I don't get HRTV, but I suppose the coverage will increase the likelihood of catching it later on youtube.

Oct. 18, 2007, 12:48 PM
Thank you Thank you for reporting this-I'm setting my DVR now!

Oct. 19, 2007, 04:57 PM
Here's the BH coverage of the memorial service at KHP.


Editing to add more links to coverage:





The TB Times article has a video clip with some footage of the memorial service. It's a tearjerker.

Oct. 20, 2007, 01:10 PM
Inexpert at inserting hyperlinks, but the story is at DRF.com under "Breeding," which is pretty funny considering JH didn't! But anyway, here it is.

<<John Henry memorial attracts 200
LEXINGTON, Ky. - John Henry's memorial service took place at his graveside Friday at the Kentucky Horse Park, drawing about 200 people to the Hall of Champions where the Hall of Famer and five-time Eclipse Award winner had lived since 1985.

In a blustery autumn wind, some of the gelding's most prominent fans and some of his connections described him as an inspiration and an icon.

"We're talking about a horse - a horse who was able to capture the minds and hearts of people around the world, not just in the United States," said jockey Chris McCarron said of John Henry, who died Oct. 8 at the park at age 32. McCarron rode John Henry in the last 14 starts of the gelding's 83-race career.

Tom Levinson, the stepson of John Henry's last owner, Sam Rubin, recalled that his family "never really felt they were the owners of John Henry, only the caretakers."

Gesturing to the crowd, he added: "They felt that you were the owners of John Henry."

Park executive director John Nicholson, retired Keeneland chairman Ted Bassett, and former Kentucky governor Martha Layne Collins credited John Henry with elevating the park's stature.

Joe Tobich and his family, who came from Richmond, Va., for Keeneland's races and John Henry's memorial, attested to John Henry's power as a draw and inspiration.

"We've been coming here every year for the last six or seven years for the races, and we always spend one day at the Kentucky Horse Park," said Tobich, 59, a chemistry teacher who last visited John Henry in July. "We would always come see John Henry. He was a fabulous horse because of where he came from, common breeding, and his perseverance, his tenacity. He never gave up. That's why a lot of us love him, for what he taught us.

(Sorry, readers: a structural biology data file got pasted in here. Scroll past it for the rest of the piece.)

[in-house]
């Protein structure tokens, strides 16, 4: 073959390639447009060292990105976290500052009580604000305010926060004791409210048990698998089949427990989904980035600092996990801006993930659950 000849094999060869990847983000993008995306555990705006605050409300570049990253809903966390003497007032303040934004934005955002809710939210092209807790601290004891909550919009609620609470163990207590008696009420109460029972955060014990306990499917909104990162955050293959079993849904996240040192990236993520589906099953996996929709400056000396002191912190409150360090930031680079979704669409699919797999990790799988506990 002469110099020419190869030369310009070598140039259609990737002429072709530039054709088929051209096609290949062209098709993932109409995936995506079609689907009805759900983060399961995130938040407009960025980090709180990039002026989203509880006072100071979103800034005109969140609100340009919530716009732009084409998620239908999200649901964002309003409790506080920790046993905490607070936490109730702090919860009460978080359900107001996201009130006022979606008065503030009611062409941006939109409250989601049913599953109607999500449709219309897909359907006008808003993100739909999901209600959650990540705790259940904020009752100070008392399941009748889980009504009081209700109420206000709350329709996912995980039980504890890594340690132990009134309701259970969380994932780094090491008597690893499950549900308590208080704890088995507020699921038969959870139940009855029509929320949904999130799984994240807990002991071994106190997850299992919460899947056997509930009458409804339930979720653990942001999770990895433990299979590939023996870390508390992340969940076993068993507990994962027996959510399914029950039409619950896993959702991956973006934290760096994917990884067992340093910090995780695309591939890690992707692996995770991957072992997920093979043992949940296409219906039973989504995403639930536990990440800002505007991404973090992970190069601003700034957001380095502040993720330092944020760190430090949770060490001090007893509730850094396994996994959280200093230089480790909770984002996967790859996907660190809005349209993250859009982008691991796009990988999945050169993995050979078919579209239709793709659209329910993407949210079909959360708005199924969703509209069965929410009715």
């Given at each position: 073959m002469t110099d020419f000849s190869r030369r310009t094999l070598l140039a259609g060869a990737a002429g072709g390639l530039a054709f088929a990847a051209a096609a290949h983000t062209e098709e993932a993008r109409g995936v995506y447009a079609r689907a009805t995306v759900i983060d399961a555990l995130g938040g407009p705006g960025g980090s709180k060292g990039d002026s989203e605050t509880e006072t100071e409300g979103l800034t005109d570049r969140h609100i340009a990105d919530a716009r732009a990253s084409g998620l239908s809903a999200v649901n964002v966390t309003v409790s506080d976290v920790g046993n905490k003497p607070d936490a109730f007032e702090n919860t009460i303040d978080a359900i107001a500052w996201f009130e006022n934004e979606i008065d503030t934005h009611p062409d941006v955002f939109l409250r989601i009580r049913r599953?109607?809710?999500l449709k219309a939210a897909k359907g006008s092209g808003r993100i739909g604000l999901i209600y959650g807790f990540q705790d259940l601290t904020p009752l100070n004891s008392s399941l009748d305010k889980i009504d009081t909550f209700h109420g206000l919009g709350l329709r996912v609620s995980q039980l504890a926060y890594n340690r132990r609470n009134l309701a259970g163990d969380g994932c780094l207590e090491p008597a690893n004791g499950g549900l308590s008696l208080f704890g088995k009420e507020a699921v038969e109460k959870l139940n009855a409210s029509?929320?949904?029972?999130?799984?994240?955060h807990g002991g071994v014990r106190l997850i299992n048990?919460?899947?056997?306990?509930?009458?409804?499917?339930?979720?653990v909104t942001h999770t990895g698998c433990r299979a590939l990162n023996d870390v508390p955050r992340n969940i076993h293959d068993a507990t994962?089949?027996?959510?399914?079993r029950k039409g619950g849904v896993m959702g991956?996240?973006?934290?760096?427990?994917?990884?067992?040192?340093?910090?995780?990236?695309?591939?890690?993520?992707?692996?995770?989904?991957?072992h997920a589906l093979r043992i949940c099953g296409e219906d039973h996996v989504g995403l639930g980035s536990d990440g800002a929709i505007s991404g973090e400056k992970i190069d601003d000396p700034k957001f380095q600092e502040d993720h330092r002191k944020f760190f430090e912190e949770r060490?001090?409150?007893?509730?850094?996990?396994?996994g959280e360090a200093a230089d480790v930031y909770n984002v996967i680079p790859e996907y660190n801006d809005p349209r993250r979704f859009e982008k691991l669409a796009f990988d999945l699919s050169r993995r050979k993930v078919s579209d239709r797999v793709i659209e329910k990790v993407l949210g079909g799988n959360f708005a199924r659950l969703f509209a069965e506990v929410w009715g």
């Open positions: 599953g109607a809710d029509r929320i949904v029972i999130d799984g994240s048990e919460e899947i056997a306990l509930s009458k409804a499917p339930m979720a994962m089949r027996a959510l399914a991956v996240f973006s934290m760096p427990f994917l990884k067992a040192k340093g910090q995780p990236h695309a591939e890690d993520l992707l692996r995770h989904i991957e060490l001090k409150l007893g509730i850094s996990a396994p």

"I teach, and he taught me lessons. I'd like to give those lessons to my students, for them to work hard for what they can achieve if they put their minds to it."

John Henry's breeder, Verna Lehmann, stood at the edge of the crowd at the service. She confessed she still marvels at what her whimsical mating of Ole Bob Bowers and Once Double wrought.

"I think it's wonderful that people admire the little horse so much, because no one wanted him," said Lehmann, who remembered that she and her late husband Robert sent Once Double to Ole Bob Bowers partly because they felt bad the sire's book was so small.

"He was little. But he showed them he had the guts and the determination to race," Lehmann said.

"He was small, but I still cringe when people say he was an ugly horse," she added. "He had a beautiful body and a beautiful head, and he wasn't really that bad off in those knees. I didn't notice it, but when you have three veterinarians tell you he's never going to race, what do you do? We had 32 foals, and so we had to cull some. That's why he went to sale.

"I was at his euthanization," she added. "I was there when he came into the world, and I thought I should be there when he left. But that was hard to see."

After the service, visitors viewed John Henry's stall, where the display of flower arrangements and wreaths was so large its perfume wafted throughout the Hall of Champions. Nearby, a box of chocolate doughnuts from the Georgetown, Ky., bakery Frank's Donuts - labeled "John's favorites" - sat near a guestbook.

John Henry is buried near his former paddock, and the Old Friends equine retirement program is leading a fundraiser to erect a permanent memorial at the gelding's grave.>>

Oct. 20, 2007, 09:16 PM
Funny, Bloodhorse stated aprox. 500 attended; DRF says 200.....

Oct. 20, 2007, 09:30 PM
I will be returning to KHP this spring and it will surely be strange not seeing John..we have gone for several years and are used to seeing his face! and attitude!
RIP Dear John Henry.....

Mar. 24, 2008, 09:00 AM
For those who may be at the Horse Park this spring for the Rolex 3-Day, Keeneland, etc ...

TB Times 3-21-08 "Work begins on John Henry memorial statue" (http://www.thoroughbredtimes.com/national-news/2008/March/21/Work-begins-on-John-Henry-memorial-statue.aspx)

Shelley Hunter, the executive director of the American Academy of Equine Art, is creating the sculpture to honor John Henry, who was euthanized on October at age 32.

Hunter’s studio is located at the Horse Park. Visitors can watch the statue being created on weekdays from 9 a.m. to 5 p.m. EST.

“It is a unique opportunity for the public to watch a historically significant statue being created,” Bill Oster, chairman of the John Henry Memorial committee, said. “Shelley Hunter is a world-renowned equine sculptor.”

Oster said plans call for the sculpture to be finished by the end of May and it will take most of the summer to cast it in bronze. An unveiling is scheduled for October 8—the one-year anniversary of John Henry’s death.